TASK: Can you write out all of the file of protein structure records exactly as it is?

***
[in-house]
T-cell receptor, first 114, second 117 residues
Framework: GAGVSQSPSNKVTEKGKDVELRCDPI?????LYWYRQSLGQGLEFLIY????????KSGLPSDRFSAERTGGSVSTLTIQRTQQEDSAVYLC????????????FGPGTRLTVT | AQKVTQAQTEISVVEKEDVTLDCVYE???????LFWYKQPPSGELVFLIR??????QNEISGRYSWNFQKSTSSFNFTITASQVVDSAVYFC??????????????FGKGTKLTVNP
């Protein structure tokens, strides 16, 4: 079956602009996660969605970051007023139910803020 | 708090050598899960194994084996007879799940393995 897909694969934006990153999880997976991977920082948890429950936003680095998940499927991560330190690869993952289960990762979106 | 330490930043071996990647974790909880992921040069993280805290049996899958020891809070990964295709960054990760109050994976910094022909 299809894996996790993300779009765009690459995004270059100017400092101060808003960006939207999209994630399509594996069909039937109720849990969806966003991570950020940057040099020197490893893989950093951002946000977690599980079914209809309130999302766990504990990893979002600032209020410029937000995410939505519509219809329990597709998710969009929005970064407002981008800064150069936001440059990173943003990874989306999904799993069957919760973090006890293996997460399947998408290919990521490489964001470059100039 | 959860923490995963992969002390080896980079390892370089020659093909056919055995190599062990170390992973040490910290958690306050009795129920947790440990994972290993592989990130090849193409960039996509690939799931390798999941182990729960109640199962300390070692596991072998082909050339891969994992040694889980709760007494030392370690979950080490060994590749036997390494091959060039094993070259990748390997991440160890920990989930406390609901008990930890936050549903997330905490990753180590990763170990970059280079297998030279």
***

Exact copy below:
[in-house]
T-cell receptor, first 114, second 117 residues
Framework: GAGVSQSPSNKVTEKGKDVELRCDPI?????LYWYRQSLGQGLEFLIY????????KSGLPSDRFSAERTGGSVSTLTIQRTQQEDSAVYLC????????????FGPGTRLTVT | AQKVTQAQTEISVVEKEDVTLDCVYE???????LFWYKQPPSGELVFLIR??????QNEISGRYSWNFQKSTSSFNFTITASQVVDSAVYFC??????????????FGKGTKLTVNP
């Protein structure tokens, strides 16, 4: 079956602009996660969605970051007023139910803020 | 708090050598899960194994084996007879799940393995 897909694969934006990153999880997976991977920082948890429950936003680095998940499927991560330190690869993952289960990762979106 | 330490930043071996990647974790909880992921040069993280805290049996899958020891809070990964295709960054990760109050994976910094022909 299809894996996790993300779009765009690459995004270059100017400092101060808003960006939207999209994630399509594996069909039937109720849990969806966003991570950020940057040099020197490893893989950093951002946000977690599980079914209809309130999302766990504990990893979002600032209020410029937000995410939505519509219809329990597709998710969009929005970064407002981008800064150069936001440059990173943003990874989306999904799993069957919760973090006890293996997460399947998408290919990521490489964001470059100039 | 959860923490995963992969002390080896980079390892370089020659093909056919055995190599062990170390992973040490910290958690306050009795129920947790440990994972290993592989990130090849193409960039996509690939799931390798999941182990729960109640199962300390070692596991072998082909050339891969994992040694889980709760007494030392370690979950080490060994590749036997390494091959060039094993070259990748390997991440160890920990989930406390609901008990930890936050549903997330905490990753180590990763170990970059280079297998030279």